Jurors are generally without any experience or education about correlating dollars to harm. They are searching for some one they can trust and reasons they believe justify their verdict because they all want to do the right thing. This is why some have argued that it is a mistake to ask for the bills or economic loss where they are relatively small compared to the verdict being sought. Jurors look for things they can rely upon as a measuring stick and the out-of-pocket loss represents something they can understand and are likely to use as a measuring stick for the general non-economic damages. For example, in a wrongful death case the out-of-pocket loss could be relatively small and it might be  better to waive those costs for fear it would hold down the general verdict.

The lesson for us is to  offer rational reasons for the amounts we argue for in our damage cases. I recommend dividing the damage request into two time periods: past and future. I recommend that these time periods be divided into economic damages and noneconomic damages.  Both periods should be divided into the elements of damages on the non-economic side of the argument. The first advantage is that by breaking the numbers up in this way they are more acceptable than simply putting down one lump amount. I recommend that the non-economic elements be argued from the standpoint of the impact each makes. Physical pain for example is not the same as mental pain. Disability has consequences that are different than the loss of enjoyment of life and so on.

The lesson here is always ask for a figure and always  combine it with reasons for the amount you ask .


I have a two unrelated subjects I’d like to discuss with you today. One is helpful advice from a non lawyer which we can benefit from and the other some thoughts about advice for your expert witnesses.

Regarding the first, Sunday’s NY Times has an interview with Jake Wobbrock who is the founding CEO of AnswerDash. It is a service that can be downloaded to a website to create answers to customers questions. Jake is professor at the U of W in Seattle and what is of interest is that his father is Portland plaintiff’s lawyer Larry Wobbrock, one of Oregon’s very best trial lawyers,  some of you may know. Here is one article about Larry’s skills as a plaintiff lawyer:

Jake says, in the interview, that his father taught him that in life everyone would like to be a hero at something but that there is no way to be a hero without risking failure, or as he says become “the goat.” He explains his father taught him that if you are at the foul line in a basketball game with two shots which can win the game and no time left you have the opportunity to be a hero but only at the risk of being the goat. His father told him that if you shy away out of fear of being the goat, you can never be a hero. It’s only by embracing both you can become a hero. He says we should seek growth through risk taking, not comfort. Great advice for those of us fearful of acting outside of our comfort zone as plaintiff lawyers.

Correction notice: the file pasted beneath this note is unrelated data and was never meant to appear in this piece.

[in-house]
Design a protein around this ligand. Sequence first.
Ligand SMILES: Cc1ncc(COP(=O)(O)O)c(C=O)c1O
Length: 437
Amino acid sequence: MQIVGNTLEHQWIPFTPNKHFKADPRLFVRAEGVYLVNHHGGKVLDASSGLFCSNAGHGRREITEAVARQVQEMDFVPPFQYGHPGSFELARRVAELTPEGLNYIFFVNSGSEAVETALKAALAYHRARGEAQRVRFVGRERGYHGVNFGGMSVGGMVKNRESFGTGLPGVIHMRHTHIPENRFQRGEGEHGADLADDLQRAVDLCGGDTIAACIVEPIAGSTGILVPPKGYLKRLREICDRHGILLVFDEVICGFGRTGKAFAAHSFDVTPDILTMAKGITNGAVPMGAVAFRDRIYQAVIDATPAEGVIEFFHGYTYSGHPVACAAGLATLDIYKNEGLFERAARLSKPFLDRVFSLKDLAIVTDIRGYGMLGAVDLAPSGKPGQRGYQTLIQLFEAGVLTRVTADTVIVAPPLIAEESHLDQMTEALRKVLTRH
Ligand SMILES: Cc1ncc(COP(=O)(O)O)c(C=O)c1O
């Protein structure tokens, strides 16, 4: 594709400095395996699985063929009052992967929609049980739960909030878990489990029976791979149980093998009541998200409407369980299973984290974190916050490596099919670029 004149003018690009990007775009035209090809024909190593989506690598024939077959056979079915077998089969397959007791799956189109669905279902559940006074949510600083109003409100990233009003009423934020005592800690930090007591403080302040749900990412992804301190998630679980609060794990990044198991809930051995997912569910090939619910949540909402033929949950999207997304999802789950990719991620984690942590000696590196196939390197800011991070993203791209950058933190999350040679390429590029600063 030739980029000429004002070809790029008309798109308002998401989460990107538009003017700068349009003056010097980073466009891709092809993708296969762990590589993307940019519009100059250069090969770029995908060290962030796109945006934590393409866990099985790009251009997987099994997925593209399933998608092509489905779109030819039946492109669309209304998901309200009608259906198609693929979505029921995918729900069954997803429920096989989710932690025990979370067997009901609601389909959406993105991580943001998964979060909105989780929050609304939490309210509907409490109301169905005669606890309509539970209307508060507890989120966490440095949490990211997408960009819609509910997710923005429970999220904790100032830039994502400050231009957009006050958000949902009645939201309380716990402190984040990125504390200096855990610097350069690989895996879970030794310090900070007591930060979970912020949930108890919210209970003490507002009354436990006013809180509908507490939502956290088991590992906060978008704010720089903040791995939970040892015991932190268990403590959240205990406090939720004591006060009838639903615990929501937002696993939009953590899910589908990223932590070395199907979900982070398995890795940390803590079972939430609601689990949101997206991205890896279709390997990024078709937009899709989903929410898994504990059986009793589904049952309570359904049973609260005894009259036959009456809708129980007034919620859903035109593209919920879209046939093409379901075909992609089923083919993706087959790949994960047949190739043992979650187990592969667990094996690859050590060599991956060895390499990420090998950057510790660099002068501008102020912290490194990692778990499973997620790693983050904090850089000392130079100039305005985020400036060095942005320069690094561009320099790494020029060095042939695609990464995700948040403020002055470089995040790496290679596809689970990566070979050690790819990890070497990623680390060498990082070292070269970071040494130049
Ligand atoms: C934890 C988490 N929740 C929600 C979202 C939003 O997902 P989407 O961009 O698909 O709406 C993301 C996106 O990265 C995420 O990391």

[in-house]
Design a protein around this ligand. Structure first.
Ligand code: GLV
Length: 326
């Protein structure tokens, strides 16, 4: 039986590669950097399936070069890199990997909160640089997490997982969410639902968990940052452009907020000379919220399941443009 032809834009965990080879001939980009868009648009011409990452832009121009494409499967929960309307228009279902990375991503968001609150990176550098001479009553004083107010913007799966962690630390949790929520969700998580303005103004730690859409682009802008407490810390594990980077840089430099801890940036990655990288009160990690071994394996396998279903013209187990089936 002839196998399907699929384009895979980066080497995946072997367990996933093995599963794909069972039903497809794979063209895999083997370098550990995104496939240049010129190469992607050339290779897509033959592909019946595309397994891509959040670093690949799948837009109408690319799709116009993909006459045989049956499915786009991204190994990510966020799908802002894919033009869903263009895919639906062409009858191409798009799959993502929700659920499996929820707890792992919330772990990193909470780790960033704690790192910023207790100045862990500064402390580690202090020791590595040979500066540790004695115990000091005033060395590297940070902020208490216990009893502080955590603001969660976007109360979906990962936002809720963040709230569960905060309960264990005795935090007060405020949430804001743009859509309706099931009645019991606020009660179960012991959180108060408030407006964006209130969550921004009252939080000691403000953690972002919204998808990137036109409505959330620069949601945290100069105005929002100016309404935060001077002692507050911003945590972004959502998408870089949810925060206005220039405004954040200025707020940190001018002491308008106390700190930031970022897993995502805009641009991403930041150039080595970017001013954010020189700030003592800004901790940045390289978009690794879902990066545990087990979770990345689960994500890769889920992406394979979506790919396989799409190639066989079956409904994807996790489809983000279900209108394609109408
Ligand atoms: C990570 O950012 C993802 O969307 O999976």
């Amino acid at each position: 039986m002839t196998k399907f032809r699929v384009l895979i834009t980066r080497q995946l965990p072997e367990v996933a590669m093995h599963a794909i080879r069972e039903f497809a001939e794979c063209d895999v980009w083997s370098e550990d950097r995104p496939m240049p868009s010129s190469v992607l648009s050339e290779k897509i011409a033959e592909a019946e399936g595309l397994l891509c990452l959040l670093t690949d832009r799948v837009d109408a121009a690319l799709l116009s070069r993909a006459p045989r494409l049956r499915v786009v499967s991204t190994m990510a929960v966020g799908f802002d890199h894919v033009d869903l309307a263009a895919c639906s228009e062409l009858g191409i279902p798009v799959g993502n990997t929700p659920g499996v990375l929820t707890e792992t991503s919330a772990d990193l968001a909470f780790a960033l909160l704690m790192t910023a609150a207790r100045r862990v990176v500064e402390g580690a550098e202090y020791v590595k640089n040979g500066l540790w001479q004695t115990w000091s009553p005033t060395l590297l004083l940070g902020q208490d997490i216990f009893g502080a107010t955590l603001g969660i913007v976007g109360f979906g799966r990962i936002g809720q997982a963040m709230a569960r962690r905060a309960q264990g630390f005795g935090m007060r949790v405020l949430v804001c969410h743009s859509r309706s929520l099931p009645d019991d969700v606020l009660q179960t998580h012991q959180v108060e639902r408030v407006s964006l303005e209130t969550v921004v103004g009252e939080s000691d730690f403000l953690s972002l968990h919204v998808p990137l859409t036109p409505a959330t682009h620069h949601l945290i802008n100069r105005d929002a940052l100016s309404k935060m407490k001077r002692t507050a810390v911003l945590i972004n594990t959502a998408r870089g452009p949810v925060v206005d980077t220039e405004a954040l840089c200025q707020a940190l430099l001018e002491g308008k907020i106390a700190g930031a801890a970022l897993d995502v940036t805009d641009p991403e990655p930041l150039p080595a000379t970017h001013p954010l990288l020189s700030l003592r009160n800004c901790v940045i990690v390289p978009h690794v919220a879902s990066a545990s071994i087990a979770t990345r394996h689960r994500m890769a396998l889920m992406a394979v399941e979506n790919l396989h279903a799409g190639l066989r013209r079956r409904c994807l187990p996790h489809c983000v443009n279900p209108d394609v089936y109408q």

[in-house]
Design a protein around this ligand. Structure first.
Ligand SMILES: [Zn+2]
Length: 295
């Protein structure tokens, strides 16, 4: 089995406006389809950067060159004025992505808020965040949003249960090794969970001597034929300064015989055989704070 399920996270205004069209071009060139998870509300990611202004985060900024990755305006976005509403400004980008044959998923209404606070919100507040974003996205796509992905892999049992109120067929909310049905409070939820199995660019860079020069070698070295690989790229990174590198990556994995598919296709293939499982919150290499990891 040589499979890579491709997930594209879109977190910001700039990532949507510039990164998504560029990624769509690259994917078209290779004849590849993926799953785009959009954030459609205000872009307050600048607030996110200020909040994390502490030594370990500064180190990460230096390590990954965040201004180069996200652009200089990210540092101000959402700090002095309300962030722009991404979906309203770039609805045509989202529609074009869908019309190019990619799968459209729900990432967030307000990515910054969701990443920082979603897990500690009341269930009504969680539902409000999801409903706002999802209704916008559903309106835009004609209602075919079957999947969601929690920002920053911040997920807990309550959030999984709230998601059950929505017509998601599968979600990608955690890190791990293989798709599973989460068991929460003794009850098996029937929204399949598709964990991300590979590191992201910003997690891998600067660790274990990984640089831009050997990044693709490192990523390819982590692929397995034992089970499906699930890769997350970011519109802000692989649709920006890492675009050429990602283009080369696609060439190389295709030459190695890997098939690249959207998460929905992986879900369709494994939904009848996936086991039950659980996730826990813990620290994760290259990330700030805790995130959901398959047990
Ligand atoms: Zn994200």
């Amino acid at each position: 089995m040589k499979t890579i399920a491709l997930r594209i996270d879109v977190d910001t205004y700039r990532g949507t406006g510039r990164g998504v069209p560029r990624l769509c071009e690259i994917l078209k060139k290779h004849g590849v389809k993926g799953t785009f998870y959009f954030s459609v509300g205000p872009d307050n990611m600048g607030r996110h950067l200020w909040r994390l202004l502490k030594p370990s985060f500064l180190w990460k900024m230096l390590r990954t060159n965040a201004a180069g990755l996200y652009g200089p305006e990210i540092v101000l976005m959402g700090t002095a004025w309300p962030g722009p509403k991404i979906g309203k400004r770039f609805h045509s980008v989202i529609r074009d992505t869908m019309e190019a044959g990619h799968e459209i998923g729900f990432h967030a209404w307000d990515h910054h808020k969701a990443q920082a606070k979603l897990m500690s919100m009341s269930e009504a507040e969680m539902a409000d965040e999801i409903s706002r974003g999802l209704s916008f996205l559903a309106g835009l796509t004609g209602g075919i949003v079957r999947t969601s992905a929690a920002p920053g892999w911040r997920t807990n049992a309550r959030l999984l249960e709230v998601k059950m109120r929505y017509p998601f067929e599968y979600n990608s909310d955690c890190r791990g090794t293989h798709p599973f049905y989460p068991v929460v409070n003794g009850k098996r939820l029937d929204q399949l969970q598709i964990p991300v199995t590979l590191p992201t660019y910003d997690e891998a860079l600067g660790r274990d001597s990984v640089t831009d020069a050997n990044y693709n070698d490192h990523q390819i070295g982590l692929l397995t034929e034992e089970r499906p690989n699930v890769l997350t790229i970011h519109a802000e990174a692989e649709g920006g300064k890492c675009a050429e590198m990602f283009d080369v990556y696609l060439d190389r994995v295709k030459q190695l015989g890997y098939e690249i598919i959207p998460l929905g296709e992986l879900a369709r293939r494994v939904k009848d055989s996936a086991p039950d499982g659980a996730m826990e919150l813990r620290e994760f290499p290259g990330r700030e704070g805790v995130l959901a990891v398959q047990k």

Jake says to be able to maintain focus for sustained periods is a requirement of greatness. Identifying what is important sand sticking with it is essential. Great advice for those of us who allow defense distractions to get us to chase multiple rabbits when we should have singular focus in our cases.

He says that in hiring people for his company he looks for “the three A’s” which are: Aptitude, attitude and appetite. Aptitude is the skill and ability to perform. Attitude refers to a positive determination to succeed. Appetite refers to a passion for the work, to accomplish and to succeed. Certainly no great plaintiff’s lawyer ever succeeded without passion for those we represent.

The second subject I’m discussing because of an article I recently read about it which I thought made sense. Preparing experts as witnesses is always a challenge because they very often are not open to advice since they see themselves as experts and experts give, not take, advice. Yet I’ve seen some really bad expert testimony in my life, although I flatter myself that most of it came from the defense expert on cross examination. So here are a few fundamental thoughts about being an expert witness:

  1. Listen carefully & think before you answer. Listening is the single most important thing you can do. Thinking is also critical, but not long pauses after every question before responding.
  2. Answer only one question at a time. Far too often witnesses fail to grasp that a question is really not one question but more than one – we call it a compound question. How it’s handled is important. The expert should not be a smart aleck or become a lawyer in their response. If it is a simple statement one could simply break the answer into two answers: “As to your question about drugs. The answer is that there were none. As to your question about speeding, the car was going within the speed limit.” Or one could say: “I’m sorry , but there was more than one question in your statement. Could you restate your question.”  If you only listen to the first and last part of a complex compound question you may give incorrect testimony, Listen carefully.
  3. If important, respond if cut off or interrupted. Not all interruptions to your answer are important and even if you don’t point out the interruption it can reflect back on the manners of the lawyer asking. But, if important, simply wait until he lawyer has finished and say: “I’m sorry, but I had not finished answer your last question which I would like to finish.” Usually the judge will help you.
  4. Don’t guess. While it’s important for you never to act like you are deliberately being uncooperative by refusing to acknowledge obvious things you should, it is equally important you do not guess at important matters. If you don’t know the answer say so. If you know, but can’t remember say “I can’t recall at this time” or “without refreshing my memory.”  If  it is outside your expert area, say so. If you weren’t asked to investigate a subject say “That’s not something I asked to review and haven’t done so.”
  5. What about “yes or no” questions? If you can answer truthfully do so  with a yes or a no and follow with explanation “because…..” If you can’t say so: “I can’t answer truthfully with only a yes or a no without an explanation.” Or consider, if true, “yes, but only the way you have stated the question, but not in this case”

So, the basic rules for experts  are (1) listen and make sure you understand before you answer. Don’t answer until you understand (2) think before you answer (3) be calm and professionally respectful no matter what the demeanor of the cross examiner and (4) tell the truth.